Mode-locked Pulses in Passive Coherent Beam Combining Fiber Laser Arrays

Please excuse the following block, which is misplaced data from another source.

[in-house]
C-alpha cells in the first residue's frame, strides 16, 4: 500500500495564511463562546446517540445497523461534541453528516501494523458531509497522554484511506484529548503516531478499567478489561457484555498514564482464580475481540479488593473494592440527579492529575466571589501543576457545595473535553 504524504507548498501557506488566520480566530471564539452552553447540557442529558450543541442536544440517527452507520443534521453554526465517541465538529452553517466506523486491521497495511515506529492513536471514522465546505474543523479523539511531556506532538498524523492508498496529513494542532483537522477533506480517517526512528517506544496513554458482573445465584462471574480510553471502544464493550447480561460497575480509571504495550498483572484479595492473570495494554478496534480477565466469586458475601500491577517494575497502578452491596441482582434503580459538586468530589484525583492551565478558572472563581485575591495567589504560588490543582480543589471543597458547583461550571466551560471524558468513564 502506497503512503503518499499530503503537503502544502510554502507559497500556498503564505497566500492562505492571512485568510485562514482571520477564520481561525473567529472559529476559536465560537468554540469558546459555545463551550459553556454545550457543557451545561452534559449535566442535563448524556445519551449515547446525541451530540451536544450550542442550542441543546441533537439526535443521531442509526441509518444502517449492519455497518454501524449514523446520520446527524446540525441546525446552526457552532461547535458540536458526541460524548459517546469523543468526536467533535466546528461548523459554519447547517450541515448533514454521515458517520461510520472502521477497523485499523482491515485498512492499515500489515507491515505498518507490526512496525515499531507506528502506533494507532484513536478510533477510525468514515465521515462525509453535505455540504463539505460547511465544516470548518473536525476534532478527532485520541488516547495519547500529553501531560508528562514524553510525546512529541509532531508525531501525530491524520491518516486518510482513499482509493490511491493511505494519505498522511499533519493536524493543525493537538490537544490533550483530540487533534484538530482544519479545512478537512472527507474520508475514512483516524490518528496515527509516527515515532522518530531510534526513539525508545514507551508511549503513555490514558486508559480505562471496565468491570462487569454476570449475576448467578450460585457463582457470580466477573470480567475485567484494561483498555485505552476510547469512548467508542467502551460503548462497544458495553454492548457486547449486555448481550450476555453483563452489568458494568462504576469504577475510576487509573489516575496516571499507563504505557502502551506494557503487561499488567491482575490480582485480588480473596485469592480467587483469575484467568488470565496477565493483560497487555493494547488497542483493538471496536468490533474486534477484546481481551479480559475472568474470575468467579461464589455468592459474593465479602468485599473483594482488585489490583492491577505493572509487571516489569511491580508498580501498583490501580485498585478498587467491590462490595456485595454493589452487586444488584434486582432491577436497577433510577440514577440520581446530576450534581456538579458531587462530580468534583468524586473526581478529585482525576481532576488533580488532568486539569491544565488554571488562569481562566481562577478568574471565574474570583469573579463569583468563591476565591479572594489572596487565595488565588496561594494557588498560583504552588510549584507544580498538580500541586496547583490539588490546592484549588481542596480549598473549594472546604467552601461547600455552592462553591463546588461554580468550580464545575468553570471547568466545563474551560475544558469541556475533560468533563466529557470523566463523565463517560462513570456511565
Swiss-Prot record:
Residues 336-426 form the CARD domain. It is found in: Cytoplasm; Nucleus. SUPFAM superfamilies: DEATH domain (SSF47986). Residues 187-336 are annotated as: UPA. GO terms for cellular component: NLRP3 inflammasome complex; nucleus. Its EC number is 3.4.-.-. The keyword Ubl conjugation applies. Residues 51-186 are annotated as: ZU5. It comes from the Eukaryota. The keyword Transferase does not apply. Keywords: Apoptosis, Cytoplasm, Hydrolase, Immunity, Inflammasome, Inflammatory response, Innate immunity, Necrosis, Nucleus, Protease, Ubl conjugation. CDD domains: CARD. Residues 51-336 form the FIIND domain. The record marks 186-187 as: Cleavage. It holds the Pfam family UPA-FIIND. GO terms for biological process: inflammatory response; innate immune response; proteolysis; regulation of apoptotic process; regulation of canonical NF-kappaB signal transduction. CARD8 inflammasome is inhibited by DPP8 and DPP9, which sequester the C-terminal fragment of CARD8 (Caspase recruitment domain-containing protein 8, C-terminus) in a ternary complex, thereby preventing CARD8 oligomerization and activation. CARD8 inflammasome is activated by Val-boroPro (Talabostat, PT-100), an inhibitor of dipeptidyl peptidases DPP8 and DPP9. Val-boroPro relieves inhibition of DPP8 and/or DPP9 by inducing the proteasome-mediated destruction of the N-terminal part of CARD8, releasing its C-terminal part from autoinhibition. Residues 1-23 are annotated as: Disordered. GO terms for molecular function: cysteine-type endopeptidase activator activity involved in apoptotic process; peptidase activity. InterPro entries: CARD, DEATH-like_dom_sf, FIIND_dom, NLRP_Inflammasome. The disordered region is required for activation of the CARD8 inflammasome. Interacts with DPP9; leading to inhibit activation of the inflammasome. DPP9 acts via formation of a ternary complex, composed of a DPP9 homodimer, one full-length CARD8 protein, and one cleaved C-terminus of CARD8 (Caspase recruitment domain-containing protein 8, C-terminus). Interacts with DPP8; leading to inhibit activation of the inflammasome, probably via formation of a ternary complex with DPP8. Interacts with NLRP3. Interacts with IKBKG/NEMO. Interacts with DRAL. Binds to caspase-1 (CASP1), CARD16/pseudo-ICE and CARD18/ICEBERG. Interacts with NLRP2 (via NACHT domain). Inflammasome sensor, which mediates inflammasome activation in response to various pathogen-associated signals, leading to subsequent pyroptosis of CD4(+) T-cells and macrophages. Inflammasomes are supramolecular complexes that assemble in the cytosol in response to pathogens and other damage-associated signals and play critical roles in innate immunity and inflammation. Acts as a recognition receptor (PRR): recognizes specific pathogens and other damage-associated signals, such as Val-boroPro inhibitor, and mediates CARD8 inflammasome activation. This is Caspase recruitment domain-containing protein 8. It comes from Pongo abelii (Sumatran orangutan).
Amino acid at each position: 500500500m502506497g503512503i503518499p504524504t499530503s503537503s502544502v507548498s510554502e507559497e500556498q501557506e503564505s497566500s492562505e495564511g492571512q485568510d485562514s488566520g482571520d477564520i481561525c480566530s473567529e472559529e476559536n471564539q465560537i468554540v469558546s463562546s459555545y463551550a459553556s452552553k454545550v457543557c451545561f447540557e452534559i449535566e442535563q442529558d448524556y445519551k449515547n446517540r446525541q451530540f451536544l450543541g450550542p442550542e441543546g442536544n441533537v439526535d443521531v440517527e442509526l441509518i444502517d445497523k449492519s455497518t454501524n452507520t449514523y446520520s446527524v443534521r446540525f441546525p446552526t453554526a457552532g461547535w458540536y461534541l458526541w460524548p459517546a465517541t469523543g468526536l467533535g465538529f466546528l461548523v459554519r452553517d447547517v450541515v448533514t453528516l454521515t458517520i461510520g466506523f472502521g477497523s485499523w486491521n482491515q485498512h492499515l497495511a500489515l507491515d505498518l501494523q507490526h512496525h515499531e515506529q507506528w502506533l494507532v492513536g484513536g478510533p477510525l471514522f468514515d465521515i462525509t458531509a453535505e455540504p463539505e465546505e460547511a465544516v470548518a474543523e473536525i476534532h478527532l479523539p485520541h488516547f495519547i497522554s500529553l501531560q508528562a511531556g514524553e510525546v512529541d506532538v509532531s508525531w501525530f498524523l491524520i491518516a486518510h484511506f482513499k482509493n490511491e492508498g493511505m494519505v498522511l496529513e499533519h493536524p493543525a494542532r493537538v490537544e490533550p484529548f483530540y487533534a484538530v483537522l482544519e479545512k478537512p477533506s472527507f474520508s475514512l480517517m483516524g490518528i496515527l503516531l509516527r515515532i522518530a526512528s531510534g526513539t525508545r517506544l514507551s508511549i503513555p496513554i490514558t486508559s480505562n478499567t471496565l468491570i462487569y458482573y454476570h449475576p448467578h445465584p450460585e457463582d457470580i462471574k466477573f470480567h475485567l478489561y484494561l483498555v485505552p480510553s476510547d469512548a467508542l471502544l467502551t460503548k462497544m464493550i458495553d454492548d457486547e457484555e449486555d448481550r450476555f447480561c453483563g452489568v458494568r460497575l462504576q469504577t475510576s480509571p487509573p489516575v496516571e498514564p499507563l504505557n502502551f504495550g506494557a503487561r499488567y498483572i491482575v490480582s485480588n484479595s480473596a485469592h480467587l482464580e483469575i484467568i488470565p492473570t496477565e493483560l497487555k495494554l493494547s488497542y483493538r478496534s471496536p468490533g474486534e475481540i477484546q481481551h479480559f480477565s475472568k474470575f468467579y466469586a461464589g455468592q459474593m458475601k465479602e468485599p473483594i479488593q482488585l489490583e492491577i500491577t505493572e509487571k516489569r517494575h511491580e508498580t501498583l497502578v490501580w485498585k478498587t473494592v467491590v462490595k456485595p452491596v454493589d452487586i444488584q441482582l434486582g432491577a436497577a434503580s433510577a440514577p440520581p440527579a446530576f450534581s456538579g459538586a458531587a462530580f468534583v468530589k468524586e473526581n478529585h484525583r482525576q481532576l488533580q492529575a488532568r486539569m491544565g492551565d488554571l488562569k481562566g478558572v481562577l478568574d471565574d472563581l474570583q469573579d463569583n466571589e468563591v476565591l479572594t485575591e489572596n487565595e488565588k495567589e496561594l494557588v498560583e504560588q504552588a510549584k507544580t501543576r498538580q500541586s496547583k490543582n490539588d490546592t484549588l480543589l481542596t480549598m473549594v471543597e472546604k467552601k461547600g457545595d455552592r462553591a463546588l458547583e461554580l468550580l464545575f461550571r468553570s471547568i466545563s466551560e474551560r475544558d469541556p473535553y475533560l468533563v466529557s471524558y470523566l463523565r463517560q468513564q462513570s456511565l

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We present a dynamic model for simultaneously passive coherent beam combining and mode locking with the Nonlinear Schrödinger equation (NLSE). As a result of spectral beating, most longitudinal modes disappear except for the array modes which are the common ones for all channels. The array mode separation is inversely proportional to the fiber length difference. The density of modes decreases with the increase of array size, however, a nice output pulse packet is still possible when channel lengths are commensurate. Dissipative solitons in normal dispersion are more robust to wave breaking than conventional solitons. Coherent beam combining naturally leads to a frequency comb of the array modes, and produces a pulse train of dissipative solitons to carry higher pulse energy with a high and tunable repetition rate. Incommensurate fiber lengths result in an amplitude modulation on the pulse train, which otherwise have uniform amplitude with commensurate lengths. Used widely in beam combining, a directional coupler places two parallel fiber cores together to allow power exchange through frustrated internal total reflection (FTIR). The power tunnels into the other channel by evanescent waves in the cladding gap. Both the lateral Goos-Hanchen shift and the group delay in FTIR constitute the contributions from energy dwell time and self-interference time. None of them relates to "superluminal" propagation.